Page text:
$30B Facebook Privacy Suit Headed for Jury Trial

SAN FRANCISCO (CN) – A $30 billion class action claiming Facebook harvested the facial data of up to 6 million Illinois residents without consent must be decided by a jury, a federal judge ruled Monday.

Fighting to avoid liability in the multibillion-dollar lawsuit, Facebook argued that its technology doesn’t scan users’ facial geometry in a way that violates a 2008 Illinois privacy law.

On Monday, U.S. District Judge James Donato found only a jury can answer that question.

“A jury will need to resolve the genuine factual disputes surrounding facial scanning and the recognition technology,” Donato wrote in his 10-page ruling.

Lead plaintiff Nimesh Patel sued Facebook in 2015 in one of three consolidated class actions, claiming the social network harvested users’ facial data for its “Photo Tag Suggest” function, starting in 2011, without express permission from users.

Under the Illinois Biometric Information Privacy Act of 2008, companies must obtain consent before collecting or disclosing biometric data, such as retina scans, fingerprints, voiceprints, hand scans or facial geometry.

Facebook’s computer program expert, Dr. Matthew Turk, told the court in written opinions that Facebook merely analyzes pixels in face images and does not scan “any particular human-notable facial features.”

However, a computer program expert for the plaintiff class, Dr. Atif Hashimi, studied Facebook’s software code and concluded that the company “utilizes facial geometry to determine the location of facial landmarks including eyes, nose, mouth, chin and other unaligned face images.”

Beyond finding that such disputes must be resolved by a jury, Donato also refused to rule out the possibility that Facebook could have to pay up $30 billion in damages.

Attorneys for the plaintiffs estimate a class size of up to 6 million, with damages of $1,000 to $5,000 per class member, which could net an award of $6 billion to $30 billion.

Facebook argued that it should not be liable for any damages because it reasonably understood the Illinois privacy law as not applying to data harvested from photographs.

Donato rejected that argument, concluding that “ignorance of the law” has never been accepted as a valid excuse for breaking the law.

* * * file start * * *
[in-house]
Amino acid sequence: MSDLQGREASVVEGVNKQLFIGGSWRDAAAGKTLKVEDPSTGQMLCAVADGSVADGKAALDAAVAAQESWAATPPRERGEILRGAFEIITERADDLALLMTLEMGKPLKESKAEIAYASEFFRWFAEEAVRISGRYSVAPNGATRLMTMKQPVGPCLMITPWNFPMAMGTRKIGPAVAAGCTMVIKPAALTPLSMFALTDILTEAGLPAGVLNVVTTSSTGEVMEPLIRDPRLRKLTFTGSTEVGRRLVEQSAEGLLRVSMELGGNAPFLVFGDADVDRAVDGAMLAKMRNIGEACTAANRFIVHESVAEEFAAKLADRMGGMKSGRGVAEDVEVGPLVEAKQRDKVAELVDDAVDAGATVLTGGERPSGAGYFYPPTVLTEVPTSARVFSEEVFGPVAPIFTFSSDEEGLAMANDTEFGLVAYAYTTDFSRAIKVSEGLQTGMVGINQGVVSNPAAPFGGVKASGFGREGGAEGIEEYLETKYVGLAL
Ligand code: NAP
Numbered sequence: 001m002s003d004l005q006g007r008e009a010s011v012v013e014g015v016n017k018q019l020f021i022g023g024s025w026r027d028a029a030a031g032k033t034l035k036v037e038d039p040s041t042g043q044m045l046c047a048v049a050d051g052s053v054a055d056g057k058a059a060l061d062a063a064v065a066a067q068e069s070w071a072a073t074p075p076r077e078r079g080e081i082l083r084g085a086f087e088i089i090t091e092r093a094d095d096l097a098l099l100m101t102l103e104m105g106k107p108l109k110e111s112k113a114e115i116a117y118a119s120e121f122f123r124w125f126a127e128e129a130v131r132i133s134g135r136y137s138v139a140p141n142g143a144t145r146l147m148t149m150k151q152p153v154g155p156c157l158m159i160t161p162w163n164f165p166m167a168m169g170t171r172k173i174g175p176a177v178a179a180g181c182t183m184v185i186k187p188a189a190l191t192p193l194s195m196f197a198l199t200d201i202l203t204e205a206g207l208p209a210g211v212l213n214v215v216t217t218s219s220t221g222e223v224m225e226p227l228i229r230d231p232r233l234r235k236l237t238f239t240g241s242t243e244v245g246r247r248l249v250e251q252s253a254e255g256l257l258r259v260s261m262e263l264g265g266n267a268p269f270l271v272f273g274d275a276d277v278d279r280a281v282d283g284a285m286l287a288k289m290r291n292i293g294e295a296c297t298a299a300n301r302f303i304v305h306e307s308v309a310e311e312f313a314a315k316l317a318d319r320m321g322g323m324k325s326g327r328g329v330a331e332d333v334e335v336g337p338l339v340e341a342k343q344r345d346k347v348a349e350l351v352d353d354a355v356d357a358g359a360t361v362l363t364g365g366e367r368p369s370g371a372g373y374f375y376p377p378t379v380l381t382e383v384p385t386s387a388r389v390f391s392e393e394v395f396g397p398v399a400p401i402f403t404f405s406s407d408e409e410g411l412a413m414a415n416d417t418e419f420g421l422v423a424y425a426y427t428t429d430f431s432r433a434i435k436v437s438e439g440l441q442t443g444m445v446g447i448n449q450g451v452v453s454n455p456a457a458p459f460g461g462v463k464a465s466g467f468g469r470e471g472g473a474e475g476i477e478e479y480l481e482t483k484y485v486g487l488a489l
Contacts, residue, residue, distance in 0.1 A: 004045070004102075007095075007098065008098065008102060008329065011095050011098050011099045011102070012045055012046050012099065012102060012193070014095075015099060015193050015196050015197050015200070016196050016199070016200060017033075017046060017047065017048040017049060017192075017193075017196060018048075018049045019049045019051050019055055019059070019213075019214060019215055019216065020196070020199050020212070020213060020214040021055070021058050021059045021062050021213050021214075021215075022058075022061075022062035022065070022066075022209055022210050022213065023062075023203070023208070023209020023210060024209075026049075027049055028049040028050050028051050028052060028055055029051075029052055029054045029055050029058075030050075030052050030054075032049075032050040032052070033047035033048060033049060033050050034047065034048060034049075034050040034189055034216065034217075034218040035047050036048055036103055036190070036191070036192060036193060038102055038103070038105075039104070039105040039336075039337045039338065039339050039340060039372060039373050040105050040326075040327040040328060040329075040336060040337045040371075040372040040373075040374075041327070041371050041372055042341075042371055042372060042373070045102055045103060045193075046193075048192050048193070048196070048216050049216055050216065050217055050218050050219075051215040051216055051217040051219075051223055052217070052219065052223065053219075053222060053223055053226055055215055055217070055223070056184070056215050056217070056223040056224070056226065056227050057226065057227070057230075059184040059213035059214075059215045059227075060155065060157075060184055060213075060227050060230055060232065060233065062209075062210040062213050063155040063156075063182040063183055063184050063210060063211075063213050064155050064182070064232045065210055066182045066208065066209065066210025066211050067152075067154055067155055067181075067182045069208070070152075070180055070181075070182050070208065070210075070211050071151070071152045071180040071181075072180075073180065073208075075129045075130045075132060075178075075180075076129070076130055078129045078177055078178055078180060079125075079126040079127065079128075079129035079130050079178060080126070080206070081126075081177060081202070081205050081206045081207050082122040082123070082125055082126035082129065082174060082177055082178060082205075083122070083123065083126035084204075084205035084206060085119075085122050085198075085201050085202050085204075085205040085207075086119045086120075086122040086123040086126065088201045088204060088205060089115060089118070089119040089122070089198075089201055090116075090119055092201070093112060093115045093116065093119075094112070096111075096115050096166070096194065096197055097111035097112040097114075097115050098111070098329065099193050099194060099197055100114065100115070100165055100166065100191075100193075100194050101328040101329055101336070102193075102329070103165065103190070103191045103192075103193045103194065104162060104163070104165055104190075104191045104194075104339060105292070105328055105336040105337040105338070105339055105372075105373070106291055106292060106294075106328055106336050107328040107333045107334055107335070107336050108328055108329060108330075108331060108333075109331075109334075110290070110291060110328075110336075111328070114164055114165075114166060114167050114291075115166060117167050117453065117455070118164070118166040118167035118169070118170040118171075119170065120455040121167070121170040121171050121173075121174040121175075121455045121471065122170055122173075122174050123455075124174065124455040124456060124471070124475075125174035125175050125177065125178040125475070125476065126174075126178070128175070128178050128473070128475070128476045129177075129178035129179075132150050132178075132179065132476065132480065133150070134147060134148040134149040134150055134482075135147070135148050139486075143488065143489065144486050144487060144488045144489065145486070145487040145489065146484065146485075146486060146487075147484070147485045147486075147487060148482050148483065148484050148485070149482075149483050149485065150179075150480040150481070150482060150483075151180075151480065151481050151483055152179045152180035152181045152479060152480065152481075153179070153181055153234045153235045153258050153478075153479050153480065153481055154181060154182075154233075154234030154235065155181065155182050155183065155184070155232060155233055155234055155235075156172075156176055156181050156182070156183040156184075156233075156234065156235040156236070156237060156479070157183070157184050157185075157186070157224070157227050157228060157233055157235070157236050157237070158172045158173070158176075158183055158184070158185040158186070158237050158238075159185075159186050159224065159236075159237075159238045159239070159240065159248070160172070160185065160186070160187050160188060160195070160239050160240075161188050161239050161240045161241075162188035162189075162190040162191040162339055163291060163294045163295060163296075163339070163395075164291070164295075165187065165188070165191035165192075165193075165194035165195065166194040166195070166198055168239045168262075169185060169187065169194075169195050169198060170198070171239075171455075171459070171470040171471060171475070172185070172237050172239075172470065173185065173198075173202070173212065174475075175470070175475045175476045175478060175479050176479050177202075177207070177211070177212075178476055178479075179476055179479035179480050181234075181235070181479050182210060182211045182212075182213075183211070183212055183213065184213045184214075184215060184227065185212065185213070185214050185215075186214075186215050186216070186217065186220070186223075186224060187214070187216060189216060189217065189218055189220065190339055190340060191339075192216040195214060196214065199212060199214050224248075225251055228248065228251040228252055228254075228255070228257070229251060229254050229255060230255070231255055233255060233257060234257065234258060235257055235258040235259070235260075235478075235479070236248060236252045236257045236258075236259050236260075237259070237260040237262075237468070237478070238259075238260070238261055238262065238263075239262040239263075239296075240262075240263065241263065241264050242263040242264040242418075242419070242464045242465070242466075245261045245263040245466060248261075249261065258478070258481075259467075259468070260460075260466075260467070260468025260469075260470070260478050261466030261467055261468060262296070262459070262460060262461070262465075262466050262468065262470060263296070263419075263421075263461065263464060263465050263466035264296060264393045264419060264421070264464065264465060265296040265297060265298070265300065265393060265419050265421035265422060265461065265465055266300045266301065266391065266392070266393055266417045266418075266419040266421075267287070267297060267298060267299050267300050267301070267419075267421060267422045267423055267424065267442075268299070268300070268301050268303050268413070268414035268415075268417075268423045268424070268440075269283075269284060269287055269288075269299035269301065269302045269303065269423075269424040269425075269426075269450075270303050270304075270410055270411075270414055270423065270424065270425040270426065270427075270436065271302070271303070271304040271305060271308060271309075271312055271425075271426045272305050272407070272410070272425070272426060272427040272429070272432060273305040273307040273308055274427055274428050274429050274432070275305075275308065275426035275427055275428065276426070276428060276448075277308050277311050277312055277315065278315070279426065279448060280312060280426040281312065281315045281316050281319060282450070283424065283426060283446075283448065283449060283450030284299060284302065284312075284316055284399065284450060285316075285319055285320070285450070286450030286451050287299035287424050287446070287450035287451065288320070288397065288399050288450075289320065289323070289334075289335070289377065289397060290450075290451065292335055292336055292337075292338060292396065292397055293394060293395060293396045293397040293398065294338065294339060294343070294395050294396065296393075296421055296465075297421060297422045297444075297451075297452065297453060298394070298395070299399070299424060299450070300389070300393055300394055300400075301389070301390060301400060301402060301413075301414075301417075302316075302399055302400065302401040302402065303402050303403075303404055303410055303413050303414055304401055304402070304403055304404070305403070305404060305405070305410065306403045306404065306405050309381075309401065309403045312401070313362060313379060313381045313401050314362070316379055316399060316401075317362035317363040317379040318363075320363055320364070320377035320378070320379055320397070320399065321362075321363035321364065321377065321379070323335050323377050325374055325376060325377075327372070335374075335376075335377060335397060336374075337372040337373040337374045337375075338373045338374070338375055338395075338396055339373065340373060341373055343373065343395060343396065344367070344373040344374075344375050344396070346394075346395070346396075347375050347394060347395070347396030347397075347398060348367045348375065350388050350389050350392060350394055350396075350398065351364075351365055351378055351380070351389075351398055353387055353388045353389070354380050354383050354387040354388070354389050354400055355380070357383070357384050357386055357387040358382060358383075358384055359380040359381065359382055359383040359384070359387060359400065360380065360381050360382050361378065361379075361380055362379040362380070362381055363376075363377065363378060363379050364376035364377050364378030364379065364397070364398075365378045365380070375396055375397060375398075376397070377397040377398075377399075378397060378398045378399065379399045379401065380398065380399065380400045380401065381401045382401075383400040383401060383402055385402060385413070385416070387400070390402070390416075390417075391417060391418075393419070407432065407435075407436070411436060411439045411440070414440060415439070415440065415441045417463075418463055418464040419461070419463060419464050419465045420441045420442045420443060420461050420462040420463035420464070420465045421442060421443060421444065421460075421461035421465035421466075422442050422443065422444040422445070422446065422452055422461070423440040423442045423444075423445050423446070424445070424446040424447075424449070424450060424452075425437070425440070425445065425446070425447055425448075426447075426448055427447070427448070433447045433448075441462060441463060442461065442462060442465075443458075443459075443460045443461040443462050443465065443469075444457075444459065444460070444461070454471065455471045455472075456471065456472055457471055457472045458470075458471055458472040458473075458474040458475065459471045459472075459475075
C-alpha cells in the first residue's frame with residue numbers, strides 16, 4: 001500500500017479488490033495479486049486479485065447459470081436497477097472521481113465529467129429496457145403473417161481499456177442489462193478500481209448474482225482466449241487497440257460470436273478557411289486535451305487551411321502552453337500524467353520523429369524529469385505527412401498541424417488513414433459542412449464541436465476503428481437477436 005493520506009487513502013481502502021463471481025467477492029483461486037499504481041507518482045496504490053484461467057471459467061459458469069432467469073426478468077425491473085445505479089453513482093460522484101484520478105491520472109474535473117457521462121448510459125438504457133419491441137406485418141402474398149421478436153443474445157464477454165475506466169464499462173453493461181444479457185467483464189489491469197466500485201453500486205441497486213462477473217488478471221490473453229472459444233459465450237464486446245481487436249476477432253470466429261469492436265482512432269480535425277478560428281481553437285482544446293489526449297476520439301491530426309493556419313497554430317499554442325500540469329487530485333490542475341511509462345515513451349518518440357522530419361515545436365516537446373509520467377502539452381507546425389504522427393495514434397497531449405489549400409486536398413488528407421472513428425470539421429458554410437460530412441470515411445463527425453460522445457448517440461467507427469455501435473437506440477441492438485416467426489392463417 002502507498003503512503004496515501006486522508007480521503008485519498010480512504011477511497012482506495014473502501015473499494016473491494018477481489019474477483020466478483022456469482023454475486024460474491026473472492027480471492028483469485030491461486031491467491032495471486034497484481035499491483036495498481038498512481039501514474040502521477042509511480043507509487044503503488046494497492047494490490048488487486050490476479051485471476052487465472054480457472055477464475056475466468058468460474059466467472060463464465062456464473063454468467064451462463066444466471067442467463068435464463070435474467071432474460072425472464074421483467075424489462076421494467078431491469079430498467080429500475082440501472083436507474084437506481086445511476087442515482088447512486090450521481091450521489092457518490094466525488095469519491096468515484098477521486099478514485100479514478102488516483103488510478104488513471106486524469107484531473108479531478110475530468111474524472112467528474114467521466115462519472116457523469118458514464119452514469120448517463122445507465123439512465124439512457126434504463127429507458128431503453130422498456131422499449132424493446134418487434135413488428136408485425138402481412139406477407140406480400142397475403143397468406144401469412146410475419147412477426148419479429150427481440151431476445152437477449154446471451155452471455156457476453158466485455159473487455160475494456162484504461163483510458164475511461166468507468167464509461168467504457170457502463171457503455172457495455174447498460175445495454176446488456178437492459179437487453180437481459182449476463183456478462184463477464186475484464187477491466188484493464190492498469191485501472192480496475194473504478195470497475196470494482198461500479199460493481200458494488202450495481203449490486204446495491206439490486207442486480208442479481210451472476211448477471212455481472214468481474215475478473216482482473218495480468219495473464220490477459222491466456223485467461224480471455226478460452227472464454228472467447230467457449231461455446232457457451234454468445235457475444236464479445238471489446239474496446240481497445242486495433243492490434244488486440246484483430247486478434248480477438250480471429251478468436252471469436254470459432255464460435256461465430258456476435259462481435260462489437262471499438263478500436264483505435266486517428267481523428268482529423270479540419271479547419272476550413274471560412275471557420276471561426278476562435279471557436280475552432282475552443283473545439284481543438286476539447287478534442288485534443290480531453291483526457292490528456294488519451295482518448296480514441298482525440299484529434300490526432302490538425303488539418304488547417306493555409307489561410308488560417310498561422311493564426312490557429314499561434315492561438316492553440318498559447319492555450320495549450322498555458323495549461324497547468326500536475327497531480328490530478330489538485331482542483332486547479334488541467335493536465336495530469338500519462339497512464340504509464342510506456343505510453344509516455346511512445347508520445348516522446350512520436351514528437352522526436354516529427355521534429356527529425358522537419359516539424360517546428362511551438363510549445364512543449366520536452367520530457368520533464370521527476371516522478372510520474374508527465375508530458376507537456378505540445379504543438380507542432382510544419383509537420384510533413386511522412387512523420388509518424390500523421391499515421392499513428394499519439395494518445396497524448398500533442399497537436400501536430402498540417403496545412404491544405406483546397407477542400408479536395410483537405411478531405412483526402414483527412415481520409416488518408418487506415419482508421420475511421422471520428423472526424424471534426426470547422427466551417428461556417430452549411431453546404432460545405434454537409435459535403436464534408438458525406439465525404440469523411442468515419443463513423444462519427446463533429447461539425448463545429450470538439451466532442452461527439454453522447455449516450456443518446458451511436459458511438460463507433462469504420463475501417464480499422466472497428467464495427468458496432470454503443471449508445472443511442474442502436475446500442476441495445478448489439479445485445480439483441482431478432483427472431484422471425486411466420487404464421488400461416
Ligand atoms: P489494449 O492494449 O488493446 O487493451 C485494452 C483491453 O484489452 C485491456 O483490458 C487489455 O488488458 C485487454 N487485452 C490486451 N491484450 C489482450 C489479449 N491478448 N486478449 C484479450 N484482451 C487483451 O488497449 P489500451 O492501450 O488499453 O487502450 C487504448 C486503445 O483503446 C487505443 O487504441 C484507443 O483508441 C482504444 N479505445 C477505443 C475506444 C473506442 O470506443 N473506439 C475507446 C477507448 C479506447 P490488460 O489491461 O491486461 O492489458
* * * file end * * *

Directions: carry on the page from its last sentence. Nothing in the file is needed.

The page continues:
“The Court will not rule out at this stage the possibility that a reasonable mistake of law might foreclose exposure at the $5,000 level of damages,” the judge wrote.

Additionally, Donato refused to accept Facebook’s argument that the named plaintiffs lack evidence to prove that their facial data was harvested by the company.

“The record also shows that each of the named plaintiffs uploaded a sizable number of photographs and were tagged in other users’ photos,” Donato wrote. “A jury could reasonably find from this and other evidence that the named plaintiffs’ photographs were processed by Facebook’s facial recognition technology.”

The judge also scolded Facebook for continuing to cling to legal arguments that were rejected in prior rulings.

Facebook contended that the plaintiffs must show they suffered a real-world injury beyond the mere violation of the Illinois privacy law, and that because its servers are located outside of Illinois, it cannot be held liable for violating the state law.

Donato previously shot down both of those arguments when he denied Facebook’s motion to dismiss in February and certified a class of up to 6 million Illinois Facebook users in April.

The judge described Facebook’s refusal to accept his prior decisions as “troubling.”

Class attorney Paul Geller, of Robbins Geller Rudman & Dow in Boca Raton, Florida, said he was equally dismayed by Facebook rehashing previously settled legal disputes.

“Given the limited judicial resources we have in this country, it’s unfortunate that the court had to spend time denying the very same arguments that Facebook already made and already lost in earlier motions decided by the court,” Geller said.

A jury trial is set for July 9, but Facebook has asked for a stay pending the outcome of its appeal challenging the court’s decision to grant class certification. A hearing on the motion to stay is scheduled for June 14.

Geller said holding companies like Facebook accountable for violating users’ privacy is “imperative,” adding he is “confident the jury will make the right decisions” when the case goes to trial.

In an emailed statement, Facebook said: “We are reviewing the ruling. We continue to believe the case has no merit and will defend ourselves vigorously.”




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